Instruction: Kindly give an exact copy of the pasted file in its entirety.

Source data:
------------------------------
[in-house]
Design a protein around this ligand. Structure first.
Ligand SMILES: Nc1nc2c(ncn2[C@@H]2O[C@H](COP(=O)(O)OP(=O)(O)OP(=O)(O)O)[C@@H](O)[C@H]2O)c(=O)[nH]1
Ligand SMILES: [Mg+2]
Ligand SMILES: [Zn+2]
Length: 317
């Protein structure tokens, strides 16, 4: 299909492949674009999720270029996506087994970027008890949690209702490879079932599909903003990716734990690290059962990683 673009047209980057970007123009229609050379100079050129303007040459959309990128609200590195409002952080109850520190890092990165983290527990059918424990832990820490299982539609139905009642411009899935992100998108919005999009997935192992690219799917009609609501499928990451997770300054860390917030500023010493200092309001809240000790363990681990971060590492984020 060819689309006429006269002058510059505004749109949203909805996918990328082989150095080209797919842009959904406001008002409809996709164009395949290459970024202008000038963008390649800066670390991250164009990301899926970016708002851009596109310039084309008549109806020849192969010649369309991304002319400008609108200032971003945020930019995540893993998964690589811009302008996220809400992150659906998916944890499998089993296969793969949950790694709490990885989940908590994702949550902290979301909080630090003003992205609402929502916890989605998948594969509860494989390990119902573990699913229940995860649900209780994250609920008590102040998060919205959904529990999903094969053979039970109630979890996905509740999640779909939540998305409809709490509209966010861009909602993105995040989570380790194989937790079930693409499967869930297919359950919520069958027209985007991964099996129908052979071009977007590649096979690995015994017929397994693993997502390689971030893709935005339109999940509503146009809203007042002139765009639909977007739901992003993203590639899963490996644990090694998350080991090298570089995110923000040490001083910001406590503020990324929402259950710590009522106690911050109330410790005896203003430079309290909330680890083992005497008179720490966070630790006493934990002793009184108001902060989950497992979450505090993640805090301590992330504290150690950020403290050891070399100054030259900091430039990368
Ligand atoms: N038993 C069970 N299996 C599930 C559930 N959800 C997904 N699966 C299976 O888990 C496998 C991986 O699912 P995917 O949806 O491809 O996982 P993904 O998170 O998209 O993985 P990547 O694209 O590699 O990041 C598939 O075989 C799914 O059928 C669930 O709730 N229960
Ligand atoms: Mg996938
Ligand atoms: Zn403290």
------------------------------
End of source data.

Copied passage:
[in-house]
Design a protein around this ligand. Structure first.
Ligand SMILES: Nc1nc2c(ncn2[C@@H]2O[C@H](COP(=O)(O)OP(=O)(O)OP(=O)(O)O)[C@@H](O)[C@H]2O)c(=O)[nH]1
Ligand SMILES: [Mg+2]
Ligand SMILES: [Zn+2]
Length: 317
């Protein structure tokens, strides 16, 4: 299909492949674009999720270029996506087994970027008890949690209702490879079932599909903003990716734990690290059962990683 673009047209980057970007123009229609050379100079050129303007040459959309990128609200590195409002952080109850520190890092990165983290527990059918424990832990820490299982539609139905009642411009899935992100998108919005999009997935192992690219799917009609609501499928990451997770300054860390917030500023010493200092309001809240000790363990681990971060590492984020 060819689309006429006269002058510059505004749109949203909805996918990328082989150095080209797919842009959904406001008002409809996709164009395949290459970024202008000038963008390649800066670390991250164009990301899926970016708002851009596109310039084309008549109806020849192969010649369309991304002319400008609108200032971003945020930019995540893993998964690589811009302008996220809400992150659906998916944890499998089993296969793969949950790694709490990885989940908590994702949550902290979301909080630090003003992205609402929502916890989605998948594969509860494989390990119902573990699913229940995860649900209780994250609920008590102040998060919205959904529990999903094969053979039970109630979890996905509740999640779909939540998305409809709490509209966010861009909602993105995040989570380790194989937790079930693409499967869930297919359950919520069958027209985007991964099996129908052979071009977007590649096979690995015994017929397994693993997502390689971030893709935005339109999940509503146009809203007042002139765009639909977007739901992003993203590639899963490996644990090694998350080991090298570089995110923000040490001083910001406590503020990324929402259950710590009522106690911050109330410790005896203003430079309290909330680890083992005497008179720490966070630790006493934990002793009184108001902060989950497992979450505090993640805090301590992330504290150690950020403290050891070399100054030259900091430039990368
Ligand atoms: N038993 C069970 N299996 C599930 C559930 N959800 C997904 N699966 C299976 O888990 C496998 C991986 O699912 P995917 O949806 O491809 O996982 P993904 O998170 O998209 O993985 P990547 O694209 O590699 O990041 C598939 O075989 C799914 O059928 C669930 O709730 N229960
Ligand atoms: Mg996938
Ligand atoms: Zn403290």